Risks of Sun OverexposureLuz Pedroza Duque
Risks of Sun Overexposure is defined as a UVR dose sufficient to cause erythema, should be avoided. Repeated overexposure is believed to cause eye and skin injury and allergic reactions and increase the risks of developing photo aging of the skin, dryness, wrinkling, and (sometimes fatal) skin cancer.
Skin cancers can be divided into two main categories (melanoma and non-melanoma) and three main types (Basal Cell Carcinoma, Squamous Cell Carcinoma, and Cutaneous Malignant Melanoma). Non-melanoma skin cancers are the most common skin cancers. Basal Cell /carcinoma and Squamous Cell Carcinoma are the two most common forms of non-melanoma skin cancers. Melanomas are cancers that develop from melanocytes.
1. Non-melanoma Skin Cancer
More than 1 million cases of Basal Cell or Squamous Cell cancer will be diagnosed annually. Men are twice as likely to develop non-melanoma cancers as women. Death is uncommon in these cancers. It is estimated that 1,000 to 2,000 people die each year from non-melanoma skin cancer.
Basal Cell Carcinoma (BCC) occurs in the deepest layer of the epidermis and it is named for the skin cell in which it arises. Affecting 800,000 Americans each year, Basal Cell Carcinoma is the most common form of skin cancer. About 70 to 80 percent of all skin cancers in men and 80 percent to 90 percent in women are Basal Cell Carcinomas. They occur most frequently on exposed parts of the bodyï¿½the face, ears, neck, scalp, shoulders and back.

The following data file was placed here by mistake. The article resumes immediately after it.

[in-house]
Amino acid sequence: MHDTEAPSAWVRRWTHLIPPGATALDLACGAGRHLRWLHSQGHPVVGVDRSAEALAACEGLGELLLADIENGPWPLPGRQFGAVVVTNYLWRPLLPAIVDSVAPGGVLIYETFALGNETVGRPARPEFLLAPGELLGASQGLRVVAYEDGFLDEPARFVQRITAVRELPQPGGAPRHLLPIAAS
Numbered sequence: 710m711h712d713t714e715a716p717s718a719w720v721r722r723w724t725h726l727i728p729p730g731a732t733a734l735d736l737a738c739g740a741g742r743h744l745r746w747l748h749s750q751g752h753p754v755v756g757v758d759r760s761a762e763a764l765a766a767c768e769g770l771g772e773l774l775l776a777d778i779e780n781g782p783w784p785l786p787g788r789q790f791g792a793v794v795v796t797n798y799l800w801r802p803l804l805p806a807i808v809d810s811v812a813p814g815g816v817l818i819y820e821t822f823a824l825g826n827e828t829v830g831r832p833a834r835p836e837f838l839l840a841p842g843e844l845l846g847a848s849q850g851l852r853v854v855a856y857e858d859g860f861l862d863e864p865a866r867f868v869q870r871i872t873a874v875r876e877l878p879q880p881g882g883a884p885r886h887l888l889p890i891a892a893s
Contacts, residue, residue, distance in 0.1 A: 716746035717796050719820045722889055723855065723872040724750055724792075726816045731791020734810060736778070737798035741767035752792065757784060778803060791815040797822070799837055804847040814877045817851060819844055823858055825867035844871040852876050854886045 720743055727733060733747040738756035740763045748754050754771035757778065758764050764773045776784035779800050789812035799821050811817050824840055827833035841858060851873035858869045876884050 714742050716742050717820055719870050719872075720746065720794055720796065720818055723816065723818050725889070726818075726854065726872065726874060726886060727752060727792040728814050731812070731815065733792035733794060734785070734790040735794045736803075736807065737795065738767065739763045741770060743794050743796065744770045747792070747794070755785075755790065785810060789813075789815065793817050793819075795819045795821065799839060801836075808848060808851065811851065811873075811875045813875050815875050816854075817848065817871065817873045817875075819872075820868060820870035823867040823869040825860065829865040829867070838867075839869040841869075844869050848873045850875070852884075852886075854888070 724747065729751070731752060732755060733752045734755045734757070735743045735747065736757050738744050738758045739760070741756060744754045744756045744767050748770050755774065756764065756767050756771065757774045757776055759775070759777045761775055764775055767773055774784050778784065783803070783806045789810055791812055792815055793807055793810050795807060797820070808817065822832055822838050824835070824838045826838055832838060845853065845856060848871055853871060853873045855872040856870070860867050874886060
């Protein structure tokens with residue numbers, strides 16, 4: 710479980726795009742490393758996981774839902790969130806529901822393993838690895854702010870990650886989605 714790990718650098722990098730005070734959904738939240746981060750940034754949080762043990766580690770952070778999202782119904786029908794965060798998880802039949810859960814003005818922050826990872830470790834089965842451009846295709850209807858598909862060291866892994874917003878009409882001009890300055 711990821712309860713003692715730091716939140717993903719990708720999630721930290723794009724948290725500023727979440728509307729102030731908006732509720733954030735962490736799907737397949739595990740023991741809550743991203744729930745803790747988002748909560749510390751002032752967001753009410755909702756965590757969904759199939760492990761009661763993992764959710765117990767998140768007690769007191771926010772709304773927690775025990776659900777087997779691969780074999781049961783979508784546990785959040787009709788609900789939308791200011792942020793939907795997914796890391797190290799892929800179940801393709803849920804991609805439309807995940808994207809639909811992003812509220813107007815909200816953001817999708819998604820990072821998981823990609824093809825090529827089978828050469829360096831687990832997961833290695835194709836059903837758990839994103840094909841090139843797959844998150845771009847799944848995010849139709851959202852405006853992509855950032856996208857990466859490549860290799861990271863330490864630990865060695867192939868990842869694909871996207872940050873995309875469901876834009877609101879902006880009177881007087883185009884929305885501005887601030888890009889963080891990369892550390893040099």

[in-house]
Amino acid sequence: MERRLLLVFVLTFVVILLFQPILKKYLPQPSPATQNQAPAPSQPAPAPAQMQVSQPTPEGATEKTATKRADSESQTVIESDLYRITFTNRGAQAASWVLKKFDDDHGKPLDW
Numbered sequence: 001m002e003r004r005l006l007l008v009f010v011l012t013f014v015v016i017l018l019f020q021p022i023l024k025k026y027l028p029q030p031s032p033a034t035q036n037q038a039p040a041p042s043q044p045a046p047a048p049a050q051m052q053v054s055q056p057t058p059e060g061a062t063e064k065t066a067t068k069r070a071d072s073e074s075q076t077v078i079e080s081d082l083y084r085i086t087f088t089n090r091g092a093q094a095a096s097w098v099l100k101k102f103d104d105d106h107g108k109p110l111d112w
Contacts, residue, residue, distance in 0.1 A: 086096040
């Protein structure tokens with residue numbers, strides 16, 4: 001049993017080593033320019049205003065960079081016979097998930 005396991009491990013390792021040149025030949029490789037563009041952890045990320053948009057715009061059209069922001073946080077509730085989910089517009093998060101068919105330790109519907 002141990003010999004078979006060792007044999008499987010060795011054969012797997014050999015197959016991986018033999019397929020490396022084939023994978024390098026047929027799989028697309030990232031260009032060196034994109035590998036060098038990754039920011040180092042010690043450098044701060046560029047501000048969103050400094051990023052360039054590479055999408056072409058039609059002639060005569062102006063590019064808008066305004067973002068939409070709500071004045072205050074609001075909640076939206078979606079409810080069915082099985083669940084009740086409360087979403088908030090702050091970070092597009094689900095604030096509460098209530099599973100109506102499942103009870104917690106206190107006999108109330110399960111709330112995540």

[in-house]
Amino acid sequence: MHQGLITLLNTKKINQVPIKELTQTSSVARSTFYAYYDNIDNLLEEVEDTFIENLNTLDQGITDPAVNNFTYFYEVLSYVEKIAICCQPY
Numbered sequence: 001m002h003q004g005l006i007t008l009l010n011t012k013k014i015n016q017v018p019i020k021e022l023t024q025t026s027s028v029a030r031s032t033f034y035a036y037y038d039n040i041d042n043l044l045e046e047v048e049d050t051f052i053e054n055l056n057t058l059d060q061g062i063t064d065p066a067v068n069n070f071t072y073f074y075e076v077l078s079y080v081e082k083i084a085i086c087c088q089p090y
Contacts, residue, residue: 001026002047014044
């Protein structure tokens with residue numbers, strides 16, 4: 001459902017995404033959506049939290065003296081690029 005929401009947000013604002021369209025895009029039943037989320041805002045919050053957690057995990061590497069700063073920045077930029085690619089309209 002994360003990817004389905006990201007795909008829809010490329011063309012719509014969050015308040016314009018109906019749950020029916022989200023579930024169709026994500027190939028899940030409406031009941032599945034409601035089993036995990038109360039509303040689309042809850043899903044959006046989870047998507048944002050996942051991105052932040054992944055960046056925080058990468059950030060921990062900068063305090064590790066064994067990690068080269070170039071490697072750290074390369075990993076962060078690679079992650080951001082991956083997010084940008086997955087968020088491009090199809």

Basal Cell Carcinoma is slow growing. It is rare for Basal Cell Carcinoma to spread to the lymph nodes or to distant parts of the body. If the cancer is not treated, however, it can grow into and invade the bone and tissue nearby.
After treatment, Basal Cell Carcinoma can recur. Thirty-five percent to 50 percent of people diagnosed with one Basal Cell cancer develop a new skin cancer within five years of the first diagnosis.
Signs: Basal Cell Carcinoma usually appears as a smooth, waxy or pearly bump that grows slowly and rarely spreads.
The squamous Cell Carcinoma (SCC) occurs in the upper layers of the epidermis. Afflicting more than 200,000 Americans each year, Squamous Cell Carcinoma is the second most common form of skin cancer. Squamous Cell Carcinomas account for about 10 percent to 30 percent of all skin cancers. Squamous Cell Carcinomas most commonly appear on exposed areas of the body (the face, ear, neck, lip, and back of the hands) but can occur on mucous membranes and all other areas of the body.
Squamous cell cancers tend to be more aggressive than basal cell cancers. Although it is uncommon, they are more likely to invade surrounding tissues, and slightly more likely to spread to lymph nodes or distant parts of the body
Sometimes squamous Cell Carcinoma causes a firm, nodular or flat growth with a crusted, ulcerated or scaly surface on the face, ears, neck hands or arms.
Cutaneous Malignant Melanoma (CMM) is rarer but is aggressive and can be fatal. It is estimated that in 2005 there will be 59,580 cases diagnosed and 7,770 deaths reported. Since 1981, the incidence of melanoma has increased a little less than 3 percent per year. The percentage of people who develop melanoma has more than doubled in the past 30 years. Malignant melanoma causes more than 75 percent of all deaths from skin cancer. Melanoma is the most common cancer among people 25 to 29 years old.
This disease can spread to other organs, most commonly the lungs and liver.